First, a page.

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Thylbanus's Avatar

10.04.2012 , 11:38 AM | #1
As I was enjoying my morning coffee, a pop-up from my system, called "Problem Reports and Solutions", notified me that the SWTOR client "stopped working" 33 times. Out of my total of 39, 33 was SWTOR. From 8-19-12 to today I can clearly see a slow, steady march of increased instability. Now I have changed my habits a bit, I don't play as much (probably not a whole lot, but still less) as I used to since the 1.4 "update" due to stability issues. Here is the progression:

8-19-12 Stopped responding
8-29-12 Stopped responding
8-30-12 Stopped responding
9-5-12 Stopped responding (x2)
9-6-12 Stopped responding
9-7-12 Stopped responding (x2)
9-8-12 Stopped responding
9-10-12 Stopped responding (x2)
9-14-12 Stopped responding
9-21-12 Stopped responding
9-22-12 Stopped responding
9-26-12 Stopped responding (x3) <---- Update 1.4
9-27-12 Stopped responding (x2) and a new Stopped working (x2)
9-28-12 Stopped working (x5)
9-29-12 Stopped working
9-30-12 Stopped working (x2)
10-1-12 Stopped working
10-2-12 Stopped working <---- 1.4.0b
10-3-12 Stopped working
10-4-12 Stopped working

Now I was shocked at this. I never really had a hard figure to go on, just a feeling. But I was still surprised at the extent of the drops that I had put up with. Now mind you as well, my other games are noticably absent from this list. Up until 9-17 I was still playing EVE Online, I still play DDO, LotRO, DCUO, and STO. None of these online games experienced these issues. I will admit that my time is not distributed evenly, it would probably be 4 to 1 with all the other games combined to make the 1. Since the instability issue, I do spend more time on these other MUCH more stable games.

This is my entertainment. I hate television, I've given up on most sports (save Hockey). My entertainment lies within this nice little rig at my feet. It's insulting to be told that I have to change my settings or drivers or whatever to accomodate my entertainment. Shouldn't EA be the one changing? I know that it's a "temporary" fix to continue getting my entertainment value, but it strikes me that this issue was known prior to release and was still done anyway. At first this made me think of the axiom, "You don't have enough time to do it right the first time, but you have enough time to do it again."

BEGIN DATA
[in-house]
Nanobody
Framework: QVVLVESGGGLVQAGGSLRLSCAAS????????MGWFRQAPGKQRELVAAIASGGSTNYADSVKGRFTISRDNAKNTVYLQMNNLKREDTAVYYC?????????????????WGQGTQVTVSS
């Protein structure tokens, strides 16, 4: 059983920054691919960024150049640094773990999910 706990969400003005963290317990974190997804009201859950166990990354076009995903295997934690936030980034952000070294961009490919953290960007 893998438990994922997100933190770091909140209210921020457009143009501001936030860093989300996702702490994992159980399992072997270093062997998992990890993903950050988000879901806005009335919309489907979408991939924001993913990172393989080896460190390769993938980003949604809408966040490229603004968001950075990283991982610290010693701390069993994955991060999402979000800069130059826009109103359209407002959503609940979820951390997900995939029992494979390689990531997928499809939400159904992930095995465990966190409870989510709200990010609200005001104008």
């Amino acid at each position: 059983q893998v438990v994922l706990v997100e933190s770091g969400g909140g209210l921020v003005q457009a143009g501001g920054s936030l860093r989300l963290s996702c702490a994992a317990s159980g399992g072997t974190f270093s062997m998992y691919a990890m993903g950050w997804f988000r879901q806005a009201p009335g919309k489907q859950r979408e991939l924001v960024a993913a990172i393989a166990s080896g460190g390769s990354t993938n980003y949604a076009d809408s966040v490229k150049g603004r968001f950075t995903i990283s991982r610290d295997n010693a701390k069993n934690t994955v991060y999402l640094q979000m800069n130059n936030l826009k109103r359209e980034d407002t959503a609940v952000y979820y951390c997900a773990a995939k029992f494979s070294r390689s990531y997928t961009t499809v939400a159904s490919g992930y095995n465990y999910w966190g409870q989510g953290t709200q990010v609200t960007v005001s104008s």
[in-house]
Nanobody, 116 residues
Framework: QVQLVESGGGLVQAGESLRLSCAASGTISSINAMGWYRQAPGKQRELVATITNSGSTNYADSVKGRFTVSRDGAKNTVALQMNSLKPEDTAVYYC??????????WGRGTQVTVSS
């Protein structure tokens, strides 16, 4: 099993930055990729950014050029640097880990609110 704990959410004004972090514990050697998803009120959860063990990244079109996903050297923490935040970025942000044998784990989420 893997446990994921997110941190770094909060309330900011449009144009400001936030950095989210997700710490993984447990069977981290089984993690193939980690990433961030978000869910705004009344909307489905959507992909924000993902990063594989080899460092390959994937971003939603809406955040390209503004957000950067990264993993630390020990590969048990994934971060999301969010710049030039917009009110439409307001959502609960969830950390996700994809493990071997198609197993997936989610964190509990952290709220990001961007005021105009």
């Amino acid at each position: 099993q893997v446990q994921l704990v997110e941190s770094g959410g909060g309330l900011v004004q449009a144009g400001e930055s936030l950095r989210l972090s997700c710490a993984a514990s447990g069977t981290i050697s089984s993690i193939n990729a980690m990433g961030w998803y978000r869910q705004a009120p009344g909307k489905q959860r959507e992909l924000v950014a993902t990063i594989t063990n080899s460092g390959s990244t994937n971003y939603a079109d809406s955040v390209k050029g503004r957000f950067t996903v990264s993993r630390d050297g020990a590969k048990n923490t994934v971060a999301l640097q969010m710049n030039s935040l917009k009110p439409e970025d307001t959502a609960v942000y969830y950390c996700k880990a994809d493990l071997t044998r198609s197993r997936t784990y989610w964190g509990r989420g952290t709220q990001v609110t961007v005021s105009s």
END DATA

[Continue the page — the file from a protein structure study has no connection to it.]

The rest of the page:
This was distressing, but then I realized that this wasn't the case. This was a case of EA, following a long standing business philosophy that we can please a majority of customers, and only lose a few, so be it. So if I'm one of the 10%, it really doesn't make a huge difference if I go or not. Well it does, a study done for the White House Office of Consumer Affairs found that in customers with service problems, 54% would maintain brand loyalty if their problems were satisfactorily resolved. Only 19% would continue or frequent again, if they were unhappy with the problem's resolution. So now we are down to 8%, not looking good for me. At this point I'm looking at being "acceptable collateral damage." But we fail to consider this, are we judging just the complainers or the whole of the community? Well it's commonly accepeted that companies only hear from around 5% of their dissatified customers. One study, stated that only 1 in 26 dissatisfied customers will actually complain. (Technical Assistance Research Programs Institute). So this makes my standing a little grey.